SCIENTIFIC NAME: Pinus flexilis
This tree in Colorado This Colorado native grows on some of the harshest sites; high elevations that are rocky, dry and exposed. It typically grows at elevations from 9,000 to 11,000 feet, but is found below 5,000 feet at Pawnee Buttes on the plains northeast of Fort Collins, perhaps grown from seed left by traveling Indians. Limber pine grows in stands with ponderosa pine, lodgepole pine, bristlecone pine and Engelmann spruce. It will grow as a pure stand where conditions are too harsh for other species. This “gangly” tree with irregular and horizontal limbs and an open crown is not often seen in the landscape but some varieties such as ‘Vanderwolf’ are becoming more readily available.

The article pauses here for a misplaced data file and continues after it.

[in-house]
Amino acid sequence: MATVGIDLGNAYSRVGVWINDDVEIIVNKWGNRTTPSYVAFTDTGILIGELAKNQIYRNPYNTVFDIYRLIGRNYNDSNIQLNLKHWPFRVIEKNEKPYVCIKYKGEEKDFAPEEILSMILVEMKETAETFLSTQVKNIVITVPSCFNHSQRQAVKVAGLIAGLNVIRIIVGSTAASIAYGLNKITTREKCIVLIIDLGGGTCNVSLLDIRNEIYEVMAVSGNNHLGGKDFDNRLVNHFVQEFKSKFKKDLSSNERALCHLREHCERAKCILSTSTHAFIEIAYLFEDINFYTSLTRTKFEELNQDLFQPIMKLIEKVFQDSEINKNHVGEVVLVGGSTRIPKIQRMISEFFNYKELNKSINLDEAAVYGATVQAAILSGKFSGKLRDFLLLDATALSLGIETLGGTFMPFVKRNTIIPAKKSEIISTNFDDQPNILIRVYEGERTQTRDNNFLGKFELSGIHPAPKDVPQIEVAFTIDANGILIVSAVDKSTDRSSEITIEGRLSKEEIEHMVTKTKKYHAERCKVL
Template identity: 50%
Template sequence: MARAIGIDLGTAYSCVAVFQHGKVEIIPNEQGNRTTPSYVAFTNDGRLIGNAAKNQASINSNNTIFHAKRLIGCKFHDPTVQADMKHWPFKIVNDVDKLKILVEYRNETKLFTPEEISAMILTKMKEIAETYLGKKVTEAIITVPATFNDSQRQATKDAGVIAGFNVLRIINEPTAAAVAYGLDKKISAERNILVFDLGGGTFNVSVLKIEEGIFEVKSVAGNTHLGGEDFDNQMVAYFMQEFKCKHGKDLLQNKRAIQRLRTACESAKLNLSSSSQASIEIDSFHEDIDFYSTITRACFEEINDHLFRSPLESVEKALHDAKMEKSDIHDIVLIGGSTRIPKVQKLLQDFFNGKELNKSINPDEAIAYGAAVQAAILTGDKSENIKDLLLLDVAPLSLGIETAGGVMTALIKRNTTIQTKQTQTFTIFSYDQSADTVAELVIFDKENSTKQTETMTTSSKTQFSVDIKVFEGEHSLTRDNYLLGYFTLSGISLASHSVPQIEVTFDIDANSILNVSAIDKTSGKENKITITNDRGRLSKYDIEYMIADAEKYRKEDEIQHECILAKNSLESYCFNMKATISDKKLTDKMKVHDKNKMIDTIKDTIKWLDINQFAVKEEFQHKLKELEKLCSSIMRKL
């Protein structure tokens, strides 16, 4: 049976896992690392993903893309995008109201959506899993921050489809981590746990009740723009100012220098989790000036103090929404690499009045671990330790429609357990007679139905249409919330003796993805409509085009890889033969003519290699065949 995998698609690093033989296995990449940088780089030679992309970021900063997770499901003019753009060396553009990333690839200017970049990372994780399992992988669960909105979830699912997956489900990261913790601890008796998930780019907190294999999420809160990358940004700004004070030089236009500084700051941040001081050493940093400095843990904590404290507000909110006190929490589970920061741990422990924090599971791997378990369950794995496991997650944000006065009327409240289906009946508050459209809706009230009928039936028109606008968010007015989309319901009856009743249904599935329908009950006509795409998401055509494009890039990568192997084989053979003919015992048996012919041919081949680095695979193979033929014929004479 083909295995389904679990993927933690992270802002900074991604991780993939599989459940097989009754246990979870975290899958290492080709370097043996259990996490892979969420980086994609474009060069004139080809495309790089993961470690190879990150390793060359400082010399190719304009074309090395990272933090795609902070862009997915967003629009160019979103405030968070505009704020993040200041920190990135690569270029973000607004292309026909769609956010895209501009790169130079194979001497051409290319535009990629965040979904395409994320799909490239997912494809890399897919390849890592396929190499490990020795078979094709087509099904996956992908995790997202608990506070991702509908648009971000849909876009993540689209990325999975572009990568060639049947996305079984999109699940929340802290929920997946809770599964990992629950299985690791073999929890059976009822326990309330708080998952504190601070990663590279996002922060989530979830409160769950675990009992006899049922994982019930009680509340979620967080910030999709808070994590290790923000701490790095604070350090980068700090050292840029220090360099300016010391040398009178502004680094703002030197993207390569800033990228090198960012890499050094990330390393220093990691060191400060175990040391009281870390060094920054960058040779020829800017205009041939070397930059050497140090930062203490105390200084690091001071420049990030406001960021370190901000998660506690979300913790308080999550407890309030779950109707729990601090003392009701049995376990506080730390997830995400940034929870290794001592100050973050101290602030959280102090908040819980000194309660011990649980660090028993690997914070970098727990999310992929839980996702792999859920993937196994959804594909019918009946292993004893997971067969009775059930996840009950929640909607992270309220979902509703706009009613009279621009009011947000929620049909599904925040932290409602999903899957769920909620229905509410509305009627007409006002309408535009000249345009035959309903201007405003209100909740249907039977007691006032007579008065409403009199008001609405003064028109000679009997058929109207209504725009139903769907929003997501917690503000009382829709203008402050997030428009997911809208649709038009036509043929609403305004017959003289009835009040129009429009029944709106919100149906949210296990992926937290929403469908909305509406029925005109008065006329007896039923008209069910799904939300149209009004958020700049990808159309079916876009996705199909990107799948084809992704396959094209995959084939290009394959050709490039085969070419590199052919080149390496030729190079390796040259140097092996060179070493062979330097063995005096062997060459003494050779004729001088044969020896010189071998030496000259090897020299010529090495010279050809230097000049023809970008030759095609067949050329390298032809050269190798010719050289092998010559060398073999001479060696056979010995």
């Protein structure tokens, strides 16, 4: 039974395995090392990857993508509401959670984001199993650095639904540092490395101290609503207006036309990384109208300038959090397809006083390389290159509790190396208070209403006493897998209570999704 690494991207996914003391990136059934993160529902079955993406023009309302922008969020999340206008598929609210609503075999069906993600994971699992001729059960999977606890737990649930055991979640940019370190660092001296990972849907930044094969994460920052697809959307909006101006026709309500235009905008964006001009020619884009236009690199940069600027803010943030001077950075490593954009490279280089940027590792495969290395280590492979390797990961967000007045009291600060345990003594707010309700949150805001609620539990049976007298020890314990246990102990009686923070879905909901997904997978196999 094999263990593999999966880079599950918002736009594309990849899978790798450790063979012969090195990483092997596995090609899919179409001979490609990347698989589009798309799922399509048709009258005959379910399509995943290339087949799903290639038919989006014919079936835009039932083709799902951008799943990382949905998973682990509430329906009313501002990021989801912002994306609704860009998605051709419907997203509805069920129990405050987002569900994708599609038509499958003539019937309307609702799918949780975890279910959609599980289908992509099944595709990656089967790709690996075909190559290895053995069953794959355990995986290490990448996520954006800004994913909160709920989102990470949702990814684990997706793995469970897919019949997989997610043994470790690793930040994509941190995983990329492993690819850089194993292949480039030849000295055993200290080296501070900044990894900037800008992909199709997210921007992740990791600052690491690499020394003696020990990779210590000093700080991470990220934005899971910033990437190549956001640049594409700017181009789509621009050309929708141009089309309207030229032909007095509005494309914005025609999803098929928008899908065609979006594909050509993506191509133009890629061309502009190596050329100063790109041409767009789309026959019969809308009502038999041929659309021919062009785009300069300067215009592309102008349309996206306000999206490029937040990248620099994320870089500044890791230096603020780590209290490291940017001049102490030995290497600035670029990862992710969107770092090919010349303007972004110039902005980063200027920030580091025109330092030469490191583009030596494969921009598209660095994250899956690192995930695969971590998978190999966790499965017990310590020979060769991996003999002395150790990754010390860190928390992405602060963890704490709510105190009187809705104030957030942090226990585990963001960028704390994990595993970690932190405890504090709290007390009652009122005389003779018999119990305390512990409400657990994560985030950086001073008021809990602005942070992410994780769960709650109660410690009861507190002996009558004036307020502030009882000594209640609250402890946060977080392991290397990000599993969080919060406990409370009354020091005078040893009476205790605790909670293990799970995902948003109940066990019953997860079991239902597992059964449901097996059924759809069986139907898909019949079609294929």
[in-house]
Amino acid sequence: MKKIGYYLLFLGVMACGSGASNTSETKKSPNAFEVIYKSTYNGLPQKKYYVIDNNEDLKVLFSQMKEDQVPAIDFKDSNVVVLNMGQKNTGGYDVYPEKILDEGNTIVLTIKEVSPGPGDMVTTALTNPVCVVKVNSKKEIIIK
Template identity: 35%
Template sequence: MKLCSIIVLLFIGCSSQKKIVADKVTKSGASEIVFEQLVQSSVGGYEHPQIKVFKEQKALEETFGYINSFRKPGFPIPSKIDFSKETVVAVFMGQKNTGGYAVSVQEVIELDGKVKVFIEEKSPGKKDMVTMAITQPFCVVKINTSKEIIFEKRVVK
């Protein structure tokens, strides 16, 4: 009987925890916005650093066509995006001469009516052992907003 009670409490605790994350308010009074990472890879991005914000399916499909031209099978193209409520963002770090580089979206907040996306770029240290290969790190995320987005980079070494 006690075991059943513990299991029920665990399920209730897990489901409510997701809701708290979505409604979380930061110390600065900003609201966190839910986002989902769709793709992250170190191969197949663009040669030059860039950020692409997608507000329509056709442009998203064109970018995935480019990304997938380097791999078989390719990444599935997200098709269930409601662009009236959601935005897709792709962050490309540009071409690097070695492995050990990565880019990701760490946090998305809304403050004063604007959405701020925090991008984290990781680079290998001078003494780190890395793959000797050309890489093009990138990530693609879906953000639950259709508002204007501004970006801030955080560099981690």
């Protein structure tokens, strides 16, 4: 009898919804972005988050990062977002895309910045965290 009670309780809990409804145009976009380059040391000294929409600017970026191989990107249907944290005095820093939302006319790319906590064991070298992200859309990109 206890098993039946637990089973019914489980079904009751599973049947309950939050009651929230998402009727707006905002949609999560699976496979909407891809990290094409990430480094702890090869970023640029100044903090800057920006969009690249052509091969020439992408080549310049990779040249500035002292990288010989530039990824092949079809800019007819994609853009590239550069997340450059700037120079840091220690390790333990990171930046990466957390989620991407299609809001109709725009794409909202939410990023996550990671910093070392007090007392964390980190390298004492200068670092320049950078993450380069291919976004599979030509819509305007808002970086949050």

Hardiness Zone 2; cold hardy.
Growth rate Moderate growing to 35 feet.
Needles Dark blue green in bundles of 5 clustered at ends. The twigs are so flexible they can be tied in a knot.
Cones 3 to 6 inches long, oval, stout with sticky resin. The cone is tan brown and is produced from mid-August to October. The seeds are used by upland game and songbirds.
Bark Smooth gray in young trees. Scaly plates gray to black in mature trees.
Insects and diseases Bark beetles, dwarf mistletoe, white pine blister rust.
Best advice It is sensitive to soil compaction and does best on sunny sites. It is drought, heat and salt resistant.
Gary Hightshoe, Trees for Conservation. (Colorado State Forest Service, 1996)
Native Trees, Shrubs, and Vines for Urban and Rural America (1988)